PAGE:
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    2. "The statement "The 0.33 °C±0.14 average temperature difference from 0 to 700 m is twice the value observed globally in that depth range over the past 50 years." is by definition equivalent to saying ocean warming has decelerated 50% over the past 50 years."

      This is simply incorrect: when you take the period of the two observations into account, the numbers show that warming has actually accelerated.

      The 0.33 increase is over a period of 13 decades, whereas the 0.168 increase from Levitus is over 5 decades.

      The oceans have warmed more per decade over the last 50 years than they did per decade since the Challenger expedition.

      To claim otherwise is a simple error of maths, a mistake.

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    3. "The reference cited in this paper for the warming over the past 50 years is Levitus 2009. A more recent update is Levitus 2012, which is the data I used in this post, and shows a warming of 0.09C over the past 55 years, or 0.016C per decade, a deceleration of 34%."

      Levitus 2012 actually gives a figure of 0.18 degrees for the equivalent 0-700m layer- the 0.09 figure is 0-2000m.

      http://www.agu.org/pubs/crossref/pip/2012GL051106.shtml

      0.18 over 5.5 decades is 0.033 per decade.

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    4. Ok you're correct for 0-700m depth

      .33/13 = .025
      .18/5 = .033

      ...an acceleration

      I was using 0-2000m depth change of 0.09C/55 years from Levitus 2012, but the Challenger data only goes to ~1800m apparently, so not a direct comparison, but the paper indicates significantly less warming with depth and even cooling over the past 135 years below ~1,500 m. Unfortunately, the paper doesn't indicate the temperature change of 0-1800m, but it does appear from what is provided that there has been a deceleration of warming from 0-2000m depth over the past ~50 years.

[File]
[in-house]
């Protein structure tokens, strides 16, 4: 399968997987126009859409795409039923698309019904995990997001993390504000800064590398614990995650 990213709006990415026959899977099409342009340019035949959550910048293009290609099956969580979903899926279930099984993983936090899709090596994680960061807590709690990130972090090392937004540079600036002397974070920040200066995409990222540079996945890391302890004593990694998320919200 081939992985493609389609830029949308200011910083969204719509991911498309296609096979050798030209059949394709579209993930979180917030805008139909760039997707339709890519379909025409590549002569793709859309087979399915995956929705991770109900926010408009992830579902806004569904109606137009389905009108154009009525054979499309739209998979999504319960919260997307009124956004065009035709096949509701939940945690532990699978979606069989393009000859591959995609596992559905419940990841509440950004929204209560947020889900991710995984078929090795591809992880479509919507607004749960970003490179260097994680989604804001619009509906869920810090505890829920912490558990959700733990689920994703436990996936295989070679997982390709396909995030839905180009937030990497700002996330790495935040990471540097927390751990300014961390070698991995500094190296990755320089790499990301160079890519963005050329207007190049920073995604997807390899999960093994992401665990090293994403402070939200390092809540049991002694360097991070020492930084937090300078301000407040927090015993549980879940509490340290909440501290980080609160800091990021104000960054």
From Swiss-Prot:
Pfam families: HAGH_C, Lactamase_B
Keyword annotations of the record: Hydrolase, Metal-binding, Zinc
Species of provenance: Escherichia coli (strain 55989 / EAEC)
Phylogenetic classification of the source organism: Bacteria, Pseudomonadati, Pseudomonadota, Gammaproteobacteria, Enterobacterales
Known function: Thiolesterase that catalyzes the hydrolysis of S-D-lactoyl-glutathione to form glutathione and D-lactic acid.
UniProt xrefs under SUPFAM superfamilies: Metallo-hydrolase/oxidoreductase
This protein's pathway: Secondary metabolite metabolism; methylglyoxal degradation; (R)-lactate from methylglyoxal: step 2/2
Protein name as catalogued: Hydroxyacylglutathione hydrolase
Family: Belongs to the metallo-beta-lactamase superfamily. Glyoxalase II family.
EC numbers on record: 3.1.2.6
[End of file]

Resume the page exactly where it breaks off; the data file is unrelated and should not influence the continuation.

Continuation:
for 0-2000 m depth

      0.09/5 = .018 from Levitus 2012

      a deceleration, but admittedly I shouldn't compare 0-700m data to 0-2000m data. Thanks for pointing out.

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    5. "...it does appear from what is provided that there has been a deceleration of warming from 0-2000m depth over the past ~50 years."

      I can't see anything in the paper to justify that statement.

      The paper gives a figure of 0.12 °C±0.07 at 914 m, which as you point out is not comparable with the Levitus figure for 0-2000m.

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    6. Yes, unfortunately the paper doesn't provide the Challenger temperature difference for the 0-1800m depth, which would have been reasonably close to 0-2000m. From eyeballing fig 3 and making some rough calculations for 0-1800-2000m depth I get almost exactly the same warming rate of 0.0163C/decade over the past 135 years vs. past 55 years, so I withdraw the claim of deceleration.

      Nonetheless, based on the information available there doesn't appear to be acceleration in the rate of warming 0-1800 or 0-2000m over the past 135 years and the rate appears to be be quite stable.

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    7. That is correct: the pressure corrected line shows zero warming at that depth.

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  2. http://wattsupwiththat.com/2013/10/21/radiative-forcing-radiative-feedbacks-and-radiative-imbalance-the-2013-wg1-ipcc-report-failed-to-properly-report-on-this-issue/#comment-1454603

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  3. http://joannenova.com.au/2013/09/ipcc-in-denial-just-so-excuses-use-mystery-ocean-heat-to-hide-their-failure/

    ReplyDelete